Before the smartphones and tablets made laptops and desktops seem quaint, people still cared about PCs vs. Macs, and Apple spent millions of dollars running ads like this. One of the more minor points in the Mac's column was that, in general, you didn't have to deal with license codes. You know, that long, barfed up stream of letters and numbers that you had to punch in to prove you weren't an evil pirate when you activated a copy of Windows after reinstalling it on your parents' computer to restore their virus and adware-riddled machine. Nope, you just installed OS X, or iLife, or basically any other piece of Apple software (Pro apps like Final Cut excepted). No serial number, no authentication, no mess.
That's because it didn't really matter to Apple: If you were stealing its software, well, you already had its hardware. And Apple, while it's a software and hardware company, if you look at where the money comes from, it's overwhelmingly from hardware sales. Apple's profits from its computers blow away HP's. Profit margins on the iPad, a multi-billion business alone, are ">around 33 percent
">around 33 percent. Meanwhile the App Store and iTunes brought in just $570 million for Apple, which mostly went to operational costs. (Software is much of what enables Apple to charge what it does for hardware, though, as Horace Dediu astutely points out.) Which is why Apple could go from charging $129 for OS X upgrades to $29 — a real punch in the dick to Microsoft, which essentially only makes money from software. So letting its fans, particularly pre-iPhone, spread software around without paying for it was at worst a low-cost generator of happy-happy joy-joy feelings that kept people coming back and buying more Macs.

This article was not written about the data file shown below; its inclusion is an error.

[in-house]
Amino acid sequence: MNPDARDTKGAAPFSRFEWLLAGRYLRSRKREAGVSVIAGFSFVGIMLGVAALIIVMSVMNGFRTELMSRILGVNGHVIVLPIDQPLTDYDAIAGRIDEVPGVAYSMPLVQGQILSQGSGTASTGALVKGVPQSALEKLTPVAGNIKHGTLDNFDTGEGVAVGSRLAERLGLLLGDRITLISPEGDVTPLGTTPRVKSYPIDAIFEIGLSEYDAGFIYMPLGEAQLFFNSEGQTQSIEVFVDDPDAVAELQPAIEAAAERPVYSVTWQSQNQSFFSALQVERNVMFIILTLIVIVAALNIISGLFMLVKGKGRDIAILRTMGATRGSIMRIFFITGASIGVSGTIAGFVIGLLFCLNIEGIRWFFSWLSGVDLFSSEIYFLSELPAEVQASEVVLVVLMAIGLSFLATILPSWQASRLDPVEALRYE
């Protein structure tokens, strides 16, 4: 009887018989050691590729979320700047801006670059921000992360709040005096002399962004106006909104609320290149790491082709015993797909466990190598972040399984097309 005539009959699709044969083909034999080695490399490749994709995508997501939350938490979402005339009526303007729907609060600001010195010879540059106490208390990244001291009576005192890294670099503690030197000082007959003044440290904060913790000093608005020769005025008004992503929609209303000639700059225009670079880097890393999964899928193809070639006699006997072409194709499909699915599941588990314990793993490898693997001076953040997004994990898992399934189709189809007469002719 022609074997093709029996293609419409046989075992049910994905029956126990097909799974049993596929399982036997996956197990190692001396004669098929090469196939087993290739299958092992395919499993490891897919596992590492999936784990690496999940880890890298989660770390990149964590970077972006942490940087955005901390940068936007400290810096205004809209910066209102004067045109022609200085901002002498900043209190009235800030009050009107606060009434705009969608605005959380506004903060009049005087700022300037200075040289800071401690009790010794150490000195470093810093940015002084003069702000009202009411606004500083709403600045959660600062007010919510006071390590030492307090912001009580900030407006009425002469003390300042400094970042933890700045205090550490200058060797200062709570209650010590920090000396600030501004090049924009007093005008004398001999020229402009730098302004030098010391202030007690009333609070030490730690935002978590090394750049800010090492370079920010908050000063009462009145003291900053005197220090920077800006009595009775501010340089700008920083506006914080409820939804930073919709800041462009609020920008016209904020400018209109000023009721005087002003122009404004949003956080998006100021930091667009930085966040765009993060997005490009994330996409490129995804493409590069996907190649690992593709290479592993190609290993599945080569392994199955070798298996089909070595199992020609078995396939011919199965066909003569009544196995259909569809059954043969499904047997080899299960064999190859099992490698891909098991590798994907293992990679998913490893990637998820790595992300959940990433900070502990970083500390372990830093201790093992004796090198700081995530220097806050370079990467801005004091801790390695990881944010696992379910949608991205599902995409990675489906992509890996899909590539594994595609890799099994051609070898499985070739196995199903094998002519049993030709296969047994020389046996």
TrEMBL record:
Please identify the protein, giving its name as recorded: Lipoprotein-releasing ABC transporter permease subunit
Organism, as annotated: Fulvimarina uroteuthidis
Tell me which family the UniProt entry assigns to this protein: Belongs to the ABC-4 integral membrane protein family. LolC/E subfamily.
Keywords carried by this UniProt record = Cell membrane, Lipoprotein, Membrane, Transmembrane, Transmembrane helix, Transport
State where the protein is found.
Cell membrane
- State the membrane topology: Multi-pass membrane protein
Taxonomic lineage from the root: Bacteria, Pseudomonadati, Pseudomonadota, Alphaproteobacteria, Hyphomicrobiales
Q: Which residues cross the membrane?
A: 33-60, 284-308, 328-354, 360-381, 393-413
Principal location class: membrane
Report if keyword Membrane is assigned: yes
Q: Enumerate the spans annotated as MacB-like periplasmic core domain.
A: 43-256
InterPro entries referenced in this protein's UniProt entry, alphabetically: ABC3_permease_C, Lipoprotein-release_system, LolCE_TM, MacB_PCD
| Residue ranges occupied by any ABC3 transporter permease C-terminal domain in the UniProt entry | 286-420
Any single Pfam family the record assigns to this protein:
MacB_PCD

So circa 2007 you could grab your friend's copy (or um, a torrent but that would be wronger) of the new OS X release and install it on your machine and save $129, which is what Leopard cost back then, or skip the $100 upgrade fee for the new iLife, no hacks or nerd knowledge required. Insert disc, install, grin. It worked just fine and you got all the updates that ever came out for it. And you know what? When you did it and passed a disc off, you felt like you were part of the community, man, an underdog, like Apple.
But that was before the App Store and Apple was the biggest tech company in the world. When the App Store launched on the iPhone it redefined the way you get software, centralizing and sanitizing it. You no longer had to scour the internet for apps or download weird program files that may or may not nuke your computer after you figure out how to install them. It moved to the Mac in January 2011 and by July of last year, the only way to buy the current version of OS X, Lion, was through the App Store. It's even how you now buy Apple's pro apps like Final Cut and Aperture. The App Store is effectively how Apple distributes all of its software now. Discs are dead. So is the willynilly sneakernet distribution of its software.